I am automating Peoplesoft through Selenium. Web driver is able to locate the web element:


Web driver prints the name attribute of that element, but when I am trying to click it fails:


although it does not throw error message, and the web driver remain in running status, without terminating itself.

Please help.

2 Answers 2


There are a couple of explanations. The most common one is that the element that is identified is actually a different element than you expected to identify. It's less common with id's which should be unique, but it can happen still if a dev accidentally gives multiple elements on a page the same ID, or if there is something duplicating an element and the logic doesn't exist to update the ID for each duplicate element.

Another explanation could be that the element you found is not the element that is expected to be clicked. Maybe it is a child (or in rarer cases a parent or sibling) of the element that is actually receiving the click events. Try clicking on the parent or ancestor element.

Another explanation could be that Selenium is performing the click, but the element is actually expecting some event to be fired that Selenium's "click" doesn't trigger. Maybe you have to hover over the element first and then click? Maybe it's something more cryptic like expecting a non-standard event?

Hopefully it's one of these explanations, if not let me know and maybe we can troubleshoot further.

  • Explanations are quite helpful ,but the same web element web driver is able to click ,when we are simply opening that web page and doing click operation, but when i am trying to do some other operations like , sending keys to certain web elemets on the same page ,selecting some values from look up values etc., the web driver is not able to click in such case.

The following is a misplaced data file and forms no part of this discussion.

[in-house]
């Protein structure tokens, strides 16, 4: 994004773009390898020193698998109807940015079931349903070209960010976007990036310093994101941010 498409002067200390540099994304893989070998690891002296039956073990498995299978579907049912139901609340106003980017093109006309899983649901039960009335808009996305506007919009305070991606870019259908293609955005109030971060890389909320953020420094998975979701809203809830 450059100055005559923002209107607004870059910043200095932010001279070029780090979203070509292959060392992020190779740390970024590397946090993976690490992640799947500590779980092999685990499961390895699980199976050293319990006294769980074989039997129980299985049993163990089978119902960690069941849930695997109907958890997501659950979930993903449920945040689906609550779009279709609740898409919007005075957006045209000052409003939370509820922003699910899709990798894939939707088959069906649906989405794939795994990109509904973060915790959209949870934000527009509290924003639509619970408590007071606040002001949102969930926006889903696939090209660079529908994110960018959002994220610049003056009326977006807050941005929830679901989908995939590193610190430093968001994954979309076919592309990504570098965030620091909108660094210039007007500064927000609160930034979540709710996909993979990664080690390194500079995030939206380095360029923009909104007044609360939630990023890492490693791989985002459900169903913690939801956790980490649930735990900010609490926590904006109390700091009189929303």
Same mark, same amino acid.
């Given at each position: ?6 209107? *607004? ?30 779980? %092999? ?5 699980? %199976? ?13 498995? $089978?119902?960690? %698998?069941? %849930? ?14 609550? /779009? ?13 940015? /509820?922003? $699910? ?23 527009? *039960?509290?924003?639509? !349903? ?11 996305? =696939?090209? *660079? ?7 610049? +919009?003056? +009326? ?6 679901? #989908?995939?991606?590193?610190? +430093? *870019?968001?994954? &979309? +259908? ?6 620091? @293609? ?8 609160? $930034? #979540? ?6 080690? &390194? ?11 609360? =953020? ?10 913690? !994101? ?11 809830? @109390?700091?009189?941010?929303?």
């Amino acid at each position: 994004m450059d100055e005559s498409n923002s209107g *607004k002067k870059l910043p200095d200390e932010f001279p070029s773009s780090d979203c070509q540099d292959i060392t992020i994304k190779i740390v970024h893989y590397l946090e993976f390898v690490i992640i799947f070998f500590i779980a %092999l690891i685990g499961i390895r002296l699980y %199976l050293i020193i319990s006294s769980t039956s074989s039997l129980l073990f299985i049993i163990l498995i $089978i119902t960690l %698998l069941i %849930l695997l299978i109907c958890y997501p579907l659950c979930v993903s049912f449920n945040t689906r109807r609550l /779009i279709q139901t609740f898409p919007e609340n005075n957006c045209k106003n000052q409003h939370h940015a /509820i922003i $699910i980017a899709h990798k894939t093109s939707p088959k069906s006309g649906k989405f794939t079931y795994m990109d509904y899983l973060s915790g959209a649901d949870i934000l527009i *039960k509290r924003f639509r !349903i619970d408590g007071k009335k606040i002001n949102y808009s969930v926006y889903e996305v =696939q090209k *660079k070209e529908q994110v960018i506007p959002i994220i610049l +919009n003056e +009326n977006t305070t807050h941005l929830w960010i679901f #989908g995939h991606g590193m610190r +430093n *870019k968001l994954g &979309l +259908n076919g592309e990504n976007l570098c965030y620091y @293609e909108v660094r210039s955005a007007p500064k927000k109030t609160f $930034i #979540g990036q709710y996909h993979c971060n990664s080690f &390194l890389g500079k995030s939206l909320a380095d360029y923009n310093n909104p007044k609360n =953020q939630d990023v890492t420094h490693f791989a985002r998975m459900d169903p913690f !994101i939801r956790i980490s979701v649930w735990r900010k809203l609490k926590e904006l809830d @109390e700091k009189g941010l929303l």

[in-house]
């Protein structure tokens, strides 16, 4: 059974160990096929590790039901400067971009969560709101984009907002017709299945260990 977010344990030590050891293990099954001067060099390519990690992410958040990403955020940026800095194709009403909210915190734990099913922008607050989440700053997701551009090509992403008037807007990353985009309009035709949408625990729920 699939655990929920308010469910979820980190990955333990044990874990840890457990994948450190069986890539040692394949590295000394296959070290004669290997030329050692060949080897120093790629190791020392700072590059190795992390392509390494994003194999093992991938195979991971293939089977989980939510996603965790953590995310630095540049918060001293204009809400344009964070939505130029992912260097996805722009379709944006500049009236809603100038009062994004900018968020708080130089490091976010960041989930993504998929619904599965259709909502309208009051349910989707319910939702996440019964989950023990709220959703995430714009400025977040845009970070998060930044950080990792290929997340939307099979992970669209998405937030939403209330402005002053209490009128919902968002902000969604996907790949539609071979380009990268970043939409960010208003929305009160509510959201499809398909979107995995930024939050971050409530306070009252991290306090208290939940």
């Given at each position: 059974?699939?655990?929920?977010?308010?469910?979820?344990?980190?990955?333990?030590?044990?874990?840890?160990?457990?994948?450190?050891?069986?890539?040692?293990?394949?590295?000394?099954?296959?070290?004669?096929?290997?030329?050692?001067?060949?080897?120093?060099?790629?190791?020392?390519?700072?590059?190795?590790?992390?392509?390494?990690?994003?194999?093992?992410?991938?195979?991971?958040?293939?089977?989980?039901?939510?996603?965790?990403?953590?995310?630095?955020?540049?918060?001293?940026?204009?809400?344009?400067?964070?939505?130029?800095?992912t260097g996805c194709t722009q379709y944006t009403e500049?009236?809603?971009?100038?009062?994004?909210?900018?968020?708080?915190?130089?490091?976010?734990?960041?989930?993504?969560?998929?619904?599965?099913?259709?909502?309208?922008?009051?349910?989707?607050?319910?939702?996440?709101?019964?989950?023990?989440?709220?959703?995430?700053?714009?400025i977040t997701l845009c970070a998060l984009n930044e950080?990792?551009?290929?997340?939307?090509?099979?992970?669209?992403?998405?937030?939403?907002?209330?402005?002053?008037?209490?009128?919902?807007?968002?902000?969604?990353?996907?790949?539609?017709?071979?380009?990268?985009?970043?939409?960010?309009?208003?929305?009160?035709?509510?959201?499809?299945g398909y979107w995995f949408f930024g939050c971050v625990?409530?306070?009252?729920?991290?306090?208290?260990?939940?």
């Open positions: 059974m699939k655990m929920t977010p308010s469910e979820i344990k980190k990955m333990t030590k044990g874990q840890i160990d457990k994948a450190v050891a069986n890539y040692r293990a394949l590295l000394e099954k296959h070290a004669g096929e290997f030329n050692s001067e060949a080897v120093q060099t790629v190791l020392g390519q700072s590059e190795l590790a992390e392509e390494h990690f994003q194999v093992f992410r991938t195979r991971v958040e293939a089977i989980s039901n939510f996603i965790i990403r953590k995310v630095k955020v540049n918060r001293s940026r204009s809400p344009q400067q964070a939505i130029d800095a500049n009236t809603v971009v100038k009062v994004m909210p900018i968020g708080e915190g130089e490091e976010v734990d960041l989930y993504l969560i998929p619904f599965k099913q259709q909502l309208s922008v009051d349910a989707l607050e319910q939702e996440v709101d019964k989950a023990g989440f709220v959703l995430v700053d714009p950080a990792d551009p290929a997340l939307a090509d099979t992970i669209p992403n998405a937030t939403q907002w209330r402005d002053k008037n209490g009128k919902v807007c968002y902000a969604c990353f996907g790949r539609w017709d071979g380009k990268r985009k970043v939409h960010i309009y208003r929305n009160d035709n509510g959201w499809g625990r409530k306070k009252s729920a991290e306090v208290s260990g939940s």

– saurav
    Commented Sep 15, 2013 at 14:05
  • Then it sounds like you are almost for sure hitting the first case. The other operations must be adding an additional element with the same id somewhere else on the page. In this case, you need to identify the element in some other way. CSS Selector or XPath can be used to be more specific about what the parent/ancestor elements are as well.
    – Sam Woods
    Commented Sep 15, 2013 at 15:44

Try using SendKeys

  • Hi, Brandon. Would sending a newline character necessarily work to simulate a click action? I find it difficult to accept that this would work for, for instance, selecting a radio button.
    – Kate Paulk
    Commented Sep 16, 2013 at 12:00
  • You're correct, there are limited use cases. In my personal experience, I've had success using this method on standard links, buttons, and "entering" off of form fields in IE-based tests.
    – brandon
    Commented Sep 22, 2013 at 1:42

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